Matthew 14:22-33 uniquely added in the books of the Gospel the famous story of Peter where he attempted to walk on water but began to sink as soon as he saw the wind and the big waves.
What lessons can we deduce from the story to enable us to understand more of God’s salvation?
1. We cannot be saved by our own efforts
We all know that Peter was a fisherman and basically he knew better than probably most of us how not to get drowned, or how to survive on a shipwreck. But no matter how hard he tried he could not save himself from the violent tides, not until he cried “Lord, please save me!”
The same is true with our salvation. Our own efforts are useless for our salvation. No matter how good we are; it does not guarantee our place in the new heaven and new earth. Our good works and mighty deeds for others, our diligent obedience to the laws, our zealousness in serving our church and fellow man, all these cannot save us.
Only when we acknowledge that Jesus is the lone Savior of our lives will then be our true, meaningful and perfect salvation starts.
No other entities on earth nor saints in heaven or other mediator, but Jesus alone can save us.
“Lord, please help me!” is a realization that our own efforts are futile, that we need Someone out of our own strength. Fortunately, that Someone who is always there ready to lift us up is proven and tested to be dependable. He is trustworthy and reliable despite our stubbornness.
2. God’s saving grace is given in an instant
Jesus’ hand is outstretched right away to lift Peter out from the water. That’s how God’s salvation works. It is always ready whenever we acknowledge the Source of its power.
The saving may not be an immediate answer to our current predicament, as it is more focused on our eternal salvation. So don’t expect that life on earth will be easier after calling out to Jesus. In fact, challenges will level up since the devil is not happy with that decision, but always remember that it is Jesus’ footprints that we see along the way, not ours, since He is carrying us throughout the journey.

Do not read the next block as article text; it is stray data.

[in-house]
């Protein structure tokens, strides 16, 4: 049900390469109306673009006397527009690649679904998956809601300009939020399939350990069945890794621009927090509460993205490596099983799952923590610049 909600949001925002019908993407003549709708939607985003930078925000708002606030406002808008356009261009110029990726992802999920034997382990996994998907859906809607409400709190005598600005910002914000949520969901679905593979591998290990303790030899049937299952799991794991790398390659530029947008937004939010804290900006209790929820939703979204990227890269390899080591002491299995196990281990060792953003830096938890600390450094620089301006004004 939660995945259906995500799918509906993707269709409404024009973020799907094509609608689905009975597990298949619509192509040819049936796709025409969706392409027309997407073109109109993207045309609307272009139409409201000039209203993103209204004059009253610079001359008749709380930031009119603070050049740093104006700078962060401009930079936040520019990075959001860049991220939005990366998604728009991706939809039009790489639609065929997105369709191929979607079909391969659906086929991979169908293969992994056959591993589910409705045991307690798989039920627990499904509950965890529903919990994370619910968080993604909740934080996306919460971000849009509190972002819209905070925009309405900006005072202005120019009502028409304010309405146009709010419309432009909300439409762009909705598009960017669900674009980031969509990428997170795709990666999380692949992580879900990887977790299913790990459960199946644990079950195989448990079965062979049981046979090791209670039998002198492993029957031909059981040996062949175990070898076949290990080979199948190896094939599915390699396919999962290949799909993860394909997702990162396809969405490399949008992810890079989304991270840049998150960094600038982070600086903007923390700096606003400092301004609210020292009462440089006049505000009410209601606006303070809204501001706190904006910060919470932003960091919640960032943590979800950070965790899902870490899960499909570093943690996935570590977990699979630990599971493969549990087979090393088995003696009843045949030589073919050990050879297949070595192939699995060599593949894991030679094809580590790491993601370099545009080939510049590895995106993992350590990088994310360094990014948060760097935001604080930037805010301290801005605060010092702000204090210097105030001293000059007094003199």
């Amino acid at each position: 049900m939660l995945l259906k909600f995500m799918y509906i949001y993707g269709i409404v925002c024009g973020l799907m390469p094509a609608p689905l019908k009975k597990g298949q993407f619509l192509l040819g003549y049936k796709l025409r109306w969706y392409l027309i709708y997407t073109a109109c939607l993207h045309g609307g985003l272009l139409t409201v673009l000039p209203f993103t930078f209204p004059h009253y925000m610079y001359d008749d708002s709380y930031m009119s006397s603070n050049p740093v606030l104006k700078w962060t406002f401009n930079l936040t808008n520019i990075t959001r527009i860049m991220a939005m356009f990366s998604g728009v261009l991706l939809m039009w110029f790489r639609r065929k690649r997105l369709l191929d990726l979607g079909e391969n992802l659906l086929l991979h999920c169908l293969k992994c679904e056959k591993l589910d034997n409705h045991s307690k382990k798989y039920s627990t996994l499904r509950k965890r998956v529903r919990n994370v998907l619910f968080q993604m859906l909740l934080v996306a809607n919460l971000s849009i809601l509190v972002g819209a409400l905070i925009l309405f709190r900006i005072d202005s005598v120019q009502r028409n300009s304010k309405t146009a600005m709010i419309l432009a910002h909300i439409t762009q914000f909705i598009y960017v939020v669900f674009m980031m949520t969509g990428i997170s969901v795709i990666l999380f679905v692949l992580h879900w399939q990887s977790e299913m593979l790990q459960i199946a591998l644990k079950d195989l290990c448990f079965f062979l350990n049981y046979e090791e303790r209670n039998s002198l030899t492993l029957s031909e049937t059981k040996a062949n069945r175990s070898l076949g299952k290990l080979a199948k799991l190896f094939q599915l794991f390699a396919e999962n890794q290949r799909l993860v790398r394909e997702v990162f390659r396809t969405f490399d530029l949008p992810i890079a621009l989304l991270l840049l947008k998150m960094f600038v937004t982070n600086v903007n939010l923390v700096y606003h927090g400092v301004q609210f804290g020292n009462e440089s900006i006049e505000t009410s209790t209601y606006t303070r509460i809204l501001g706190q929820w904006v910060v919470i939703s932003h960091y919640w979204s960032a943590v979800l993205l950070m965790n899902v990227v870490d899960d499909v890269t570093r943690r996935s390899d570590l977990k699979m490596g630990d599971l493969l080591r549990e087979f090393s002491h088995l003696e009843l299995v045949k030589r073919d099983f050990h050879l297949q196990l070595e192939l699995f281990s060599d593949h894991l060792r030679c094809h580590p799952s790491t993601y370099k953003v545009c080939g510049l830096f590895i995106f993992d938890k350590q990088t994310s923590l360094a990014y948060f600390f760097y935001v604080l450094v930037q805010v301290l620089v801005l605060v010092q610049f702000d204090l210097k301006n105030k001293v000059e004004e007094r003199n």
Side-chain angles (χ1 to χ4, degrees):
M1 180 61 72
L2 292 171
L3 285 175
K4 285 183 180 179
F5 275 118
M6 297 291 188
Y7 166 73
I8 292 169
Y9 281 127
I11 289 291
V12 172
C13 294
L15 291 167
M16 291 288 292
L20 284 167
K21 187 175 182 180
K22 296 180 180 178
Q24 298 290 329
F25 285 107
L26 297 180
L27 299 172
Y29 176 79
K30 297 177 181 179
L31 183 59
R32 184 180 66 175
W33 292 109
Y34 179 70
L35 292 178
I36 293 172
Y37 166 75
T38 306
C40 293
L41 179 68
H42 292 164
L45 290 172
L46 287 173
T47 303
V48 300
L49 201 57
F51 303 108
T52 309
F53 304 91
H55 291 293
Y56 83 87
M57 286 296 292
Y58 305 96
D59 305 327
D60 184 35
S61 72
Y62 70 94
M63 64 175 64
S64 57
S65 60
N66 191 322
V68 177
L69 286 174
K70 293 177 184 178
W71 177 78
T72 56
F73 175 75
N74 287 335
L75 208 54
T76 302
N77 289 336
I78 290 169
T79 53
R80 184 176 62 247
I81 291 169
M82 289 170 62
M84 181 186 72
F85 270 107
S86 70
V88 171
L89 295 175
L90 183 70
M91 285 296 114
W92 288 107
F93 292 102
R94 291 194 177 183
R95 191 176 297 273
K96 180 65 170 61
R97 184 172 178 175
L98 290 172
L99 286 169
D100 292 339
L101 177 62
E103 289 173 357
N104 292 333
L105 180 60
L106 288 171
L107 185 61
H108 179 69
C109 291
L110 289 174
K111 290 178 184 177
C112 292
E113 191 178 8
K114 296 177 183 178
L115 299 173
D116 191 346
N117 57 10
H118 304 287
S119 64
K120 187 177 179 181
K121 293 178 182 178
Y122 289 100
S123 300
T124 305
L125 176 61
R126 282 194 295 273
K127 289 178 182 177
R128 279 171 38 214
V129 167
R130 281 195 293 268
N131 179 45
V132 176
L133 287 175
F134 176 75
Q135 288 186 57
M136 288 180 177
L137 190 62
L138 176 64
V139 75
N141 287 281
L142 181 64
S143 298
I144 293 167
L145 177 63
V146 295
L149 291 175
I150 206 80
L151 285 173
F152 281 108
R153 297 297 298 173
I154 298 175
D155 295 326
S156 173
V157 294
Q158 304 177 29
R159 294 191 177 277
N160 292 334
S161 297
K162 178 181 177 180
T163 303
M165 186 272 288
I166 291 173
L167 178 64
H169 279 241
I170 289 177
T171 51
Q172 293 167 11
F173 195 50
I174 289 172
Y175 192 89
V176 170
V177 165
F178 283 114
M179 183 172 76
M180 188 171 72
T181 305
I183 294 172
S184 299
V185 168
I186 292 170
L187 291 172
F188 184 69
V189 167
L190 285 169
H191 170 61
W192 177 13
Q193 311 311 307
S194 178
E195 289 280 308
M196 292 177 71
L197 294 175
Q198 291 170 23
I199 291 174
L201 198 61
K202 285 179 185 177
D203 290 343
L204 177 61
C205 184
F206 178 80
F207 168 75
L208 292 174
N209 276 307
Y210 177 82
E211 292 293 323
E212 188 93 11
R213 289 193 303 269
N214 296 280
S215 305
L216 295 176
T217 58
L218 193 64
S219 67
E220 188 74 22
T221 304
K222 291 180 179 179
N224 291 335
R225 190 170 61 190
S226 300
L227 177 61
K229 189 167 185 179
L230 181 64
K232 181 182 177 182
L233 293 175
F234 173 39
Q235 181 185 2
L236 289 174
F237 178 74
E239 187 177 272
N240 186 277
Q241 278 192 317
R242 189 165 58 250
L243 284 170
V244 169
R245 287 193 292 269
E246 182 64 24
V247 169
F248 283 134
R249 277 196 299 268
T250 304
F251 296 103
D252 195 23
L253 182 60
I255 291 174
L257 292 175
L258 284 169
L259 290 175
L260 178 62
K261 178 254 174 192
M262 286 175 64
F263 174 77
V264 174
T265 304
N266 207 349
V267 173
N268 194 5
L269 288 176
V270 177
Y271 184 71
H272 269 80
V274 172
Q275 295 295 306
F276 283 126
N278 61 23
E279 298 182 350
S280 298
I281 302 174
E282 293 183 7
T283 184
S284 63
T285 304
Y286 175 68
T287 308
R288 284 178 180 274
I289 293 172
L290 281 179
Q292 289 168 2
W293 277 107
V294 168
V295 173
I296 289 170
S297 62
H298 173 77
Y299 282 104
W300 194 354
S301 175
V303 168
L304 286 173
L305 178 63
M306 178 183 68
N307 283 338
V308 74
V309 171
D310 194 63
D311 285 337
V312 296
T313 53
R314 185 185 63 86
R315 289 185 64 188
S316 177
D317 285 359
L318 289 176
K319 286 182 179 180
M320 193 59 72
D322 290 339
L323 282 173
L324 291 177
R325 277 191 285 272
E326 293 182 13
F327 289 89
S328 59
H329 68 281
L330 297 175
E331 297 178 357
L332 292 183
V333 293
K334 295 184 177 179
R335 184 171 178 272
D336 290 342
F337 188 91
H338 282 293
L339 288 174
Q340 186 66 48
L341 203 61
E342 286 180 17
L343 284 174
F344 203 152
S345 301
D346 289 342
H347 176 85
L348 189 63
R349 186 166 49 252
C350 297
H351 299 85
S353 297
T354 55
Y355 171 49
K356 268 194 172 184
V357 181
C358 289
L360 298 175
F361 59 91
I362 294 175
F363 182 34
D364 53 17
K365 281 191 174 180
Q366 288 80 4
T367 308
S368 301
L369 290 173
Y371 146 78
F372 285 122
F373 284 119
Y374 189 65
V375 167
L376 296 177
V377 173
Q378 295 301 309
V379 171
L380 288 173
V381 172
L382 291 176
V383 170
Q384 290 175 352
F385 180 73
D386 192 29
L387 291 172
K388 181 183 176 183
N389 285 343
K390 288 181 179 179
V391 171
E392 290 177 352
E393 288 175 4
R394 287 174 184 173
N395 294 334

3. There is rebuking along with the saving
Here’s what the Bible says when Jesus is on the act of saving Peter away from his sinking direction.
‘Immediately Jesus reached out his hand and caught him, saying to him, “You of little faith, why did you doubt?”’
And so we should expect admonitions and even chastisement along with God’s saving acts. This is for our own good.
It is not wise that we continue our wicked ways after God saved us. There should be a total change from the sinking behavior we are in, and that change should be from a willing and voluntary mindset.
This is where we should obey God’s words (or laws) which will then result to good works. Thus, our good works are not a means to salvation but rather a result of it. God saves us first which produces good works in our lives and to others.
Again, these are the three lessons we can learn from Peter’s experience on his attempt to follow Jesus on the water.
- That salvation is through Jesus alone and not by our own goodness or efforts, nor by others’ mediating for us.
- That God’s salvation is given freely and instantly.
- That there will be admonitions along with God’s saving grace to put us in the right track.
“Looking unto Jesus the author and finisher of our faith…” Hebrews 12:2